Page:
NEW YORK (TheStreet) -- You always seem to hear people talking about what the "smart money" is buying. After all, if you can get into the same picks as Wall Street icons Warren Buffett and Carl Icahn, you have a better chance of cashing in, right?
That's not always true. A look back at some of the publicly traded stocks linked to the biggest investors and entrepreneurs on Wall Street shows a number of miscues in 2010. While these stocks aren't perfect benchmarks of one icon's investing success or failure, they give an indication as to whether it was a good year or a bad year.
Here's how six of Wall Street's biggest names fared in the past year:
Buffett Beats the Street 3x OverFolksy investing icon Warren Buffett had another great year, at least by the measure of his renowned Berkshire Hathaway (BRK.B) stock. The Omaha holding company has racked up 20% returns year-to-date -- well over three times the S&P 500 index's gains in 2010.
It's no surprise the value investor did well this year, since many good companies were depressed to bargain valuations after the volatility of 2009. And if you're wondering what value plays Buffett has in his sights for 2011, a look at the latest changes in Berkshire holdings shows a concentration on financials and bank stocks.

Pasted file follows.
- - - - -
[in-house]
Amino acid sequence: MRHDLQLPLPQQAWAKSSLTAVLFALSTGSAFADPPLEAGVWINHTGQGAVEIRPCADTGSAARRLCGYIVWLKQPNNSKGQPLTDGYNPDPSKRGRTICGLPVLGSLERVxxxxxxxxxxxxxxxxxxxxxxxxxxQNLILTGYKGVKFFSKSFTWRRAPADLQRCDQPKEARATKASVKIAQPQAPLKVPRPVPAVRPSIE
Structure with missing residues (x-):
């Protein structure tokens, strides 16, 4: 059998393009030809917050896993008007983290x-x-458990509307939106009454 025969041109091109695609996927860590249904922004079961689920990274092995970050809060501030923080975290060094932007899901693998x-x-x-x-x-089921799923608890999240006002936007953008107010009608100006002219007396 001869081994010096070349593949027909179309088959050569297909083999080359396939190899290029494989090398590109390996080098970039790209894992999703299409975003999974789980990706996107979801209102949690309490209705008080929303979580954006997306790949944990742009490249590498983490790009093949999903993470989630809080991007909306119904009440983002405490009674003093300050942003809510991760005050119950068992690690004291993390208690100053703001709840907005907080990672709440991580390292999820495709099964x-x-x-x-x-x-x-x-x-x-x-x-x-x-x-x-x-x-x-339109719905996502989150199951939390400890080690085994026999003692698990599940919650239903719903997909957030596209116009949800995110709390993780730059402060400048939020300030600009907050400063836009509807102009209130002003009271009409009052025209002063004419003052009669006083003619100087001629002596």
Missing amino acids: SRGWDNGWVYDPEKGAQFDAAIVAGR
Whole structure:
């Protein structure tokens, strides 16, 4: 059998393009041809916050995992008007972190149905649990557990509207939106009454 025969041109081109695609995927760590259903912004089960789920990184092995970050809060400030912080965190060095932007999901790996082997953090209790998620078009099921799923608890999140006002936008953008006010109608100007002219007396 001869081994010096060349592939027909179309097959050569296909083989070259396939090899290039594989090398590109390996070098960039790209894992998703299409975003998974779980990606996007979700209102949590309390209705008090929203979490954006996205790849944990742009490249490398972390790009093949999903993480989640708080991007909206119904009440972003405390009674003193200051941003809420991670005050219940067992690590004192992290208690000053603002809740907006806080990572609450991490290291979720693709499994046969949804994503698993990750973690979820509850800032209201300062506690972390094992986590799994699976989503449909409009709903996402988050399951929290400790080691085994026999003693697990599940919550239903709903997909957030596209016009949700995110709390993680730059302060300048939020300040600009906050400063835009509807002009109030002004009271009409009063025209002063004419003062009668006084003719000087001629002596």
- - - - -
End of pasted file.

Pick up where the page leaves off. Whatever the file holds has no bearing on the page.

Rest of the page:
Carlos Slim Sees Fat ProfitsMexican business tycoon Carlos Slim pushed out Bill Gates as the world's richest person in 2010, according to Forbes, and it's no surprise why. As the CEO of Latin American telecom giants Telmex (TMX) and America Movil (AMX), he has shared in the success of emerging markets big time. While Telmex has seen some earnings trouble recently and is lagging with 8% loss year-to-date, America Movil has soared 20% so far in 2010. That's over three times the broader stock market. What's more, Carlos Slim's global conglomerate Grupo Carso (GPOVY) has exploded late in the year -- racking up 70% returns in 2010 and over 55% returns since Aug. 1 alone!
Jobs Rides Apple and Disney to Big GainsApple's rock star CEO Steve Jobs is best known for his magic product launches and habit of micromanaging product development. But he is also a Wall Street heavyweight. As of the end of 2009, Jobs owned nearly 5.5 million shares of Apple (AAPL) as well as 7% stake in Disney (DIS) -- about 138 million shares, which he received in exchange for Disney's acquisition of Pixar in 2006.
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